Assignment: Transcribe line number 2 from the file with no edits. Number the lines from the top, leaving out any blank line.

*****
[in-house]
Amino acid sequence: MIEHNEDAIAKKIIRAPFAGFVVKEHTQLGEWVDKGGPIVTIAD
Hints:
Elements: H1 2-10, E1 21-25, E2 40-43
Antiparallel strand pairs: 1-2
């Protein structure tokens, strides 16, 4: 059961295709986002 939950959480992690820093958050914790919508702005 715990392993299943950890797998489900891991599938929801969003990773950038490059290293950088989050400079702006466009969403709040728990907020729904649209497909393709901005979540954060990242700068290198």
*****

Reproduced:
Amino acid sequence: MIEHNEDAIAKKIIRAPFAGFVVKEHTQLGEWVDKGGPIVTIAD